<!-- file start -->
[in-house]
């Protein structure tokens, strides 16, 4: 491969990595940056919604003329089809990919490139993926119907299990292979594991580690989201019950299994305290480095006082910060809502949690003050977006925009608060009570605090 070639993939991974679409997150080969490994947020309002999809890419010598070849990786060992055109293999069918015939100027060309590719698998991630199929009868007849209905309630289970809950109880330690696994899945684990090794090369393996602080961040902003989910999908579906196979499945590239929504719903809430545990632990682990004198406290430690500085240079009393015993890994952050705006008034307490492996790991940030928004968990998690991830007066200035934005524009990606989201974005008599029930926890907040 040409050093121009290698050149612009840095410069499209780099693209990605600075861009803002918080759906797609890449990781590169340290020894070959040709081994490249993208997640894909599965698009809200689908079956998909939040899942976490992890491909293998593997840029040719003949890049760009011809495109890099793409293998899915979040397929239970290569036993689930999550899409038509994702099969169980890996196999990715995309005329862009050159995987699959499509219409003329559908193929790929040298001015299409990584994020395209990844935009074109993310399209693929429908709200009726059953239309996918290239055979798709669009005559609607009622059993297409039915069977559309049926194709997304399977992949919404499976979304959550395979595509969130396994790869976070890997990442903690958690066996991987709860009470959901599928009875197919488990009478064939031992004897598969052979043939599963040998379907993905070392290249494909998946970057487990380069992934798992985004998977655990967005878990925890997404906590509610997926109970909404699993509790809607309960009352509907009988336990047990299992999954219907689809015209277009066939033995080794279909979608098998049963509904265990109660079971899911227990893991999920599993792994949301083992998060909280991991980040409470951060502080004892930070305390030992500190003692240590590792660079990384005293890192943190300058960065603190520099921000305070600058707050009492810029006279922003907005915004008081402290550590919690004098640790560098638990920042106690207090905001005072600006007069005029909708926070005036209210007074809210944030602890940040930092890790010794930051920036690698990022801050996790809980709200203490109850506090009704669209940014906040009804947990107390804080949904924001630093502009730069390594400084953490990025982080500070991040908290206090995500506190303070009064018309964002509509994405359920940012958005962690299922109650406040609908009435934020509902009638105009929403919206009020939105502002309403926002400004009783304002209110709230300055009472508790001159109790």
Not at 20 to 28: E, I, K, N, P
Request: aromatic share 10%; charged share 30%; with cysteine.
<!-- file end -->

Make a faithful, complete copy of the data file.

[in-house]
């Protein structure tokens, strides 16, 4: 491969990595940056919604003329089809990919490139993926119907299990292979594991580690989201019950299994305290480095006082910060809502949690003050977006925009608060009570605090 070639993939991974679409997150080969490994947020309002999809890419010598070849990786060992055109293999069918015939100027060309590719698998991630199929009868007849209905309630289970809950109880330690696994899945684990090794090369393996602080961040902003989910999908579906196979499945590239929504719903809430545990632990682990004198406290430690500085240079009393015993890994952050705006008034307490492996790991940030928004968990998690991830007066200035934005524009990606989201974005008599029930926890907040 040409050093121009290698050149612009840095410069499209780099693209990605600075861009803002918080759906797609890449990781590169340290020894070959040709081994490249993208997640894909599965698009809200689908079956998909939040899942976490992890491909293998593997840029040719003949890049760009011809495109890099793409293998899915979040397929239970290569036993689930999550899409038509994702099969169980890996196999990715995309005329862009050159995987699959499509219409003329559908193929790929040298001015299409990584994020395209990844935009074109993310399209693929429908709200009726059953239309996918290239055979798709669009005559609607009622059993297409039915069977559309049926194709997304399977992949919404499976979304959550395979595509969130396994790869976070890997990442903690958690066996991987709860009470959901599928009875197919488990009478064939031992004897598969052979043939599963040998379907993905070392290249494909998946970057487990380069992934798992985004998977655990967005878990925890997404906590509610997926109970909404699993509790809607309960009352509907009988336990047990299992999954219907689809015209277009066939033995080794279909979608098998049963509904265990109660079971899911227990893991999920599993792994949301083992998060909280991991980040409470951060502080004892930070305390030992500190003692240590590792660079990384005293890192943190300058960065603190520099921000305070600058707050009492810029006279922003907005915004008081402290550590919690004098640790560098638990920042106690207090905001005072600006007069005029909708926070005036209210007074809210944030602890940040930092890790010794930051920036690698990022801050996790809980709200203490109850506090009704669209940014906040009804947990107390804080949904924001630093502009730069390594400084953490990025982080500070991040908290206090995500506190303070009064018309964002509509994405359920940012958005962690299922109650406040609908009435934020509902009638105009929403919206009020939105502002309403926002400004009783304002209110709230300055009472508790001159109790």
Not at 20 to 28: E, I, K, N, P
Request: aromatic share 10%; charged share 30%; with cysteine.